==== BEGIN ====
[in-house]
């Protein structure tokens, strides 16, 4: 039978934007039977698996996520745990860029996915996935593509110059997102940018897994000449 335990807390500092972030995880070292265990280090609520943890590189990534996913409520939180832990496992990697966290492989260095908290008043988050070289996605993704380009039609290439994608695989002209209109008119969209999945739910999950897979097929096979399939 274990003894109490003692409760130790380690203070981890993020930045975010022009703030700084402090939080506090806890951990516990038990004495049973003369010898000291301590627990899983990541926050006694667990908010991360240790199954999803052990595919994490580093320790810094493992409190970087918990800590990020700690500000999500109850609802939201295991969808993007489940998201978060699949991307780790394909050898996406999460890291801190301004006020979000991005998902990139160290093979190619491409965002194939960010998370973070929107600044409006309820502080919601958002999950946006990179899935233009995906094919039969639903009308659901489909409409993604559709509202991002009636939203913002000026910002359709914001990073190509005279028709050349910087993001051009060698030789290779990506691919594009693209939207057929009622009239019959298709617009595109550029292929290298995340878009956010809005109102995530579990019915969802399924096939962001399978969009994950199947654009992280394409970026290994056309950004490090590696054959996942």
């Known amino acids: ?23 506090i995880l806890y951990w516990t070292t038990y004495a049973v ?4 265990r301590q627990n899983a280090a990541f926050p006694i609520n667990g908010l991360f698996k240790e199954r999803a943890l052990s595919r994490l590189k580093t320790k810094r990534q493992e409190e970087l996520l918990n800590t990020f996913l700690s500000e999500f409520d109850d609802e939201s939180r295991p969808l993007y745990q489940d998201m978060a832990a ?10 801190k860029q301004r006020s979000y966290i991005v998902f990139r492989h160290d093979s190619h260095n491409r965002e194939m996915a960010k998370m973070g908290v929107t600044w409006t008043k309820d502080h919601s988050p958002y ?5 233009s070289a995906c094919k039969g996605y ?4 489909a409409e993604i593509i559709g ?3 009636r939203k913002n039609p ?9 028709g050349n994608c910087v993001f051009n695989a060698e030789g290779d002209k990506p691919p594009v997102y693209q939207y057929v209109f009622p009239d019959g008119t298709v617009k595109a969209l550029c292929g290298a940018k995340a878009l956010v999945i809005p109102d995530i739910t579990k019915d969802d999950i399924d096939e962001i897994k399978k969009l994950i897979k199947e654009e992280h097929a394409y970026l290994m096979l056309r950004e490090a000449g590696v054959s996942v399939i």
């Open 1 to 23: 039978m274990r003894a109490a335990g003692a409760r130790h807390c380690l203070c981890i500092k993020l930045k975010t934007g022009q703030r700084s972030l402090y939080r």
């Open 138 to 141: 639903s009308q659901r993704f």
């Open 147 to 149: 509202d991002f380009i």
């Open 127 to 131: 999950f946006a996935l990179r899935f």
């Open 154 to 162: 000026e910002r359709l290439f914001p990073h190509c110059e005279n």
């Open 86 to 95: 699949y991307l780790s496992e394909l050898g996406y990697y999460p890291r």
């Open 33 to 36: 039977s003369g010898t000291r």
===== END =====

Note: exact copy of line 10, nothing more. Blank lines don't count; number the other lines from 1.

């Open 33 to 36: 039977s003369g010898t000291r």